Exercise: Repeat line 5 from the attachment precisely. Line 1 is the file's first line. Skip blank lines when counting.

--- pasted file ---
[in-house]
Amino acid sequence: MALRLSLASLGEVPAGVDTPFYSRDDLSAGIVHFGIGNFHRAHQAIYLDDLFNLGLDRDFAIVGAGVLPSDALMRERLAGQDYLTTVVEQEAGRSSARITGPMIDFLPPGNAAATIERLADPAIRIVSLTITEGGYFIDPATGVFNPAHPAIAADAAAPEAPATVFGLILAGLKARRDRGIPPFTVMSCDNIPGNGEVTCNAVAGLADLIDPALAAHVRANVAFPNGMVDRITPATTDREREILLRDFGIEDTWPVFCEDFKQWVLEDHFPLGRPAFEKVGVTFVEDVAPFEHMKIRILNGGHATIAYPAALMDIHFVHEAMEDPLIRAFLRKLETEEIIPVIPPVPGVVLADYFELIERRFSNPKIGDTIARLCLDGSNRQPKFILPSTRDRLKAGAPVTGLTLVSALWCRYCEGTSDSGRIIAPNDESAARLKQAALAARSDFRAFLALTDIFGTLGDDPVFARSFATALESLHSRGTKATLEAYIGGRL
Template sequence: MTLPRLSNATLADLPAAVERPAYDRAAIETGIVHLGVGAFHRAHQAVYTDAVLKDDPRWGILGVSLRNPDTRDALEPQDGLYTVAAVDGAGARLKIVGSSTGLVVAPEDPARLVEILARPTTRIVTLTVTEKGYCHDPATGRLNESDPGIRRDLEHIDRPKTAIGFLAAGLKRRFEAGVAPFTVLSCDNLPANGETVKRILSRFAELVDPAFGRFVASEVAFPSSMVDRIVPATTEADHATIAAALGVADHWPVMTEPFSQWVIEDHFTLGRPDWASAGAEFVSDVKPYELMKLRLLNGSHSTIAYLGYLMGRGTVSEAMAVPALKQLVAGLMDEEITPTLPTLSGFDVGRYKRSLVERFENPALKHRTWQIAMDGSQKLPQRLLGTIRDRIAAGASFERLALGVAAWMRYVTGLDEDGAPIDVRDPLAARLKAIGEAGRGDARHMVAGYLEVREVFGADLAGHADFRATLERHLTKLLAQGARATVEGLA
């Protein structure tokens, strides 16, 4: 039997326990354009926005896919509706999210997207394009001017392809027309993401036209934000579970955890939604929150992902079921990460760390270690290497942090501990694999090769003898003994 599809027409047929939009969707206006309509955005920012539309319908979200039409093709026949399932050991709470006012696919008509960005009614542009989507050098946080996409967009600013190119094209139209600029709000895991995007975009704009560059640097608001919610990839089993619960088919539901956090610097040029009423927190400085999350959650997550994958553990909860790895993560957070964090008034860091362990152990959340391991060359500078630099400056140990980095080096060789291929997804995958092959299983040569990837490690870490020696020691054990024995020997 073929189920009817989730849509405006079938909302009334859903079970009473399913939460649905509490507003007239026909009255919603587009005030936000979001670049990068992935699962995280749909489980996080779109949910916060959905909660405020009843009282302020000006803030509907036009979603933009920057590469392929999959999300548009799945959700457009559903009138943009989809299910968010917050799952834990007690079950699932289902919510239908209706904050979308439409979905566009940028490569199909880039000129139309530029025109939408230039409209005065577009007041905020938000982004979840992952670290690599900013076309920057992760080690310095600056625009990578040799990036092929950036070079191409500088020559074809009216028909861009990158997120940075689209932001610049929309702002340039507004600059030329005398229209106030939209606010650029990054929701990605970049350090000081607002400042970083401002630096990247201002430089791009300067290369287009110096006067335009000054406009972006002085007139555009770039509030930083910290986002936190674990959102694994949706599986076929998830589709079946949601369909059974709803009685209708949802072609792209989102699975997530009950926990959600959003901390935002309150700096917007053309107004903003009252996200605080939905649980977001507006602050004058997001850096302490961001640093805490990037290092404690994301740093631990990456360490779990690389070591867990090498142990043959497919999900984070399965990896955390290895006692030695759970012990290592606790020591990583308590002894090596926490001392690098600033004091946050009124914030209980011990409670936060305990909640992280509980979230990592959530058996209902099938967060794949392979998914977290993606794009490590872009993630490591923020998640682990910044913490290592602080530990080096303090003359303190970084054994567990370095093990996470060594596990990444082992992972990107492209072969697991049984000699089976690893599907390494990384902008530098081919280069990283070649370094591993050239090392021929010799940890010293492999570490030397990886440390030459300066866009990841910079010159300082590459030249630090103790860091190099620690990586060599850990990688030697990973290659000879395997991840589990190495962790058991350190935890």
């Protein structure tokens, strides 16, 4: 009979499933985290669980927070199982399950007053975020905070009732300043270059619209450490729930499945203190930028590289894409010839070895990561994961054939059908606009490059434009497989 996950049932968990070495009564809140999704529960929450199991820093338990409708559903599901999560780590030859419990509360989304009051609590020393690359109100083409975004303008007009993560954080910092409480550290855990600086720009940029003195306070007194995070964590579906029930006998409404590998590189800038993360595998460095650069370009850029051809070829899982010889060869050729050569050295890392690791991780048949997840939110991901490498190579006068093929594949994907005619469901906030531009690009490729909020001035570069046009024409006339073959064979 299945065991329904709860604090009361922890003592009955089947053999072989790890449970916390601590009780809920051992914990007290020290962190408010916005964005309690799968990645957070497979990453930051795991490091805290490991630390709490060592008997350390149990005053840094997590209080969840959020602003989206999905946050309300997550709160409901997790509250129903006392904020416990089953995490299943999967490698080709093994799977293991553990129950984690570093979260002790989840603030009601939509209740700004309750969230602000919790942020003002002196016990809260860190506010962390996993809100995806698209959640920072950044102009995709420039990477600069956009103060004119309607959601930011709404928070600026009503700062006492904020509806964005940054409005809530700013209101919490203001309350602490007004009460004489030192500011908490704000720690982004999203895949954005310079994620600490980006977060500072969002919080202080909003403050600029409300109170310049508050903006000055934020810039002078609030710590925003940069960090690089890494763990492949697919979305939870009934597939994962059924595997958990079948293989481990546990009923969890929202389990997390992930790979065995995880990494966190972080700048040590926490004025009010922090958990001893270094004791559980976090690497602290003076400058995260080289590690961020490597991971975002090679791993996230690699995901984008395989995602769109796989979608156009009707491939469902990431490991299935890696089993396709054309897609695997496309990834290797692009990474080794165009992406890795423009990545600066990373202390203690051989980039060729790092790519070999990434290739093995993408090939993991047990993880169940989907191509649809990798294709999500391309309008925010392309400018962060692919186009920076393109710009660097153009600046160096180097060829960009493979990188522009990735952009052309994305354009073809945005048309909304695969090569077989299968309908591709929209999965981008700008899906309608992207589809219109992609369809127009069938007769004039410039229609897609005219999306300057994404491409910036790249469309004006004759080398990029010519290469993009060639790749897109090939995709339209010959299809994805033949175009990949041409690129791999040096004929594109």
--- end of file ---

């Protein structure tokens, strides 16, 4: 009979499933985290669980927070199982399950007053975020905070009732300043270059619209450490729930499945203190930028590289894409010839070895990561994961054939059908606009490059434009497989 996950049932968990070495009564809140999704529960929450199991820093338990409708559903599901999560780590030859419990509360989304009051609590020393690359109100083409975004303008007009993560954080910092409480550290855990600086720009940029003195306070007194995070964590579906029930006998409404590998590189800038993360595998460095650069370009850029051809070829899982010889060869050729050569050295890392690791991780048949997840939110991901490498190579006068093929594949994907005619469901906030531009690009490729909020001035570069046009024409006339073959064979 299945065991329904709860604090009361922890003592009955089947053999072989790890449970916390601590009780809920051992914990007290020290962190408010916005964005309690799968990645957070497979990453930051795991490091805290490991630390709490060592008997350390149990005053840094997590209080969840959020602003989206999905946050309300997550709160409901997790509250129903006392904020416990089953995490299943999967490698080709093994799977293991553990129950984690570093979260002790989840603030009601939509209740700004309750969230602000919790942020003002002196016990809260860190506010962390996993809100995806698209959640920072950044102009995709420039990477600069956009103060004119309607959601930011709404928070600026009503700062006492904020509806964005940054409005809530700013209101919490203001309350602490007004009460004489030192500011908490704000720690982004999203895949954005310079994620600490980006977060500072969002919080202080909003403050600029409300109170310049508050903006000055934020810039002078609030710590925003940069960090690089890494763990492949697919979305939870009934597939994962059924595997958990079948293989481990546990009923969890929202389990997390992930790979065995995880990494966190972080700048040590926490004025009010922090958990001893270094004791559980976090690497602290003076400058995260080289590690961020490597991971975002090679791993996230690699995901984008395989995602769109796989979608156009009707491939469902990431490991299935890696089993396709054309897609695997496309990834290797692009990474080794165009992406890795423009990545600066990373202390203690051989980039060729790092790519070999990434290739093995993408090939993991047990993880169940989907191509649809990798294709999500391309309008925010392309400018962060692919186009920076393109710009660097153009600046160096180097060829960009493979990188522009990735952009052309994305354009073809945005048309909304695969090569077989299968309908591709929209999965981008700008899906309608992207589809219109992609369809127009069938007769004039410039229609897609005219999306300057994404491409910036790249469309004006004759080398990029010519290469993009060639790749897109090939995709339209010959299809994805033949175009990949041409690129791999040096004929594109």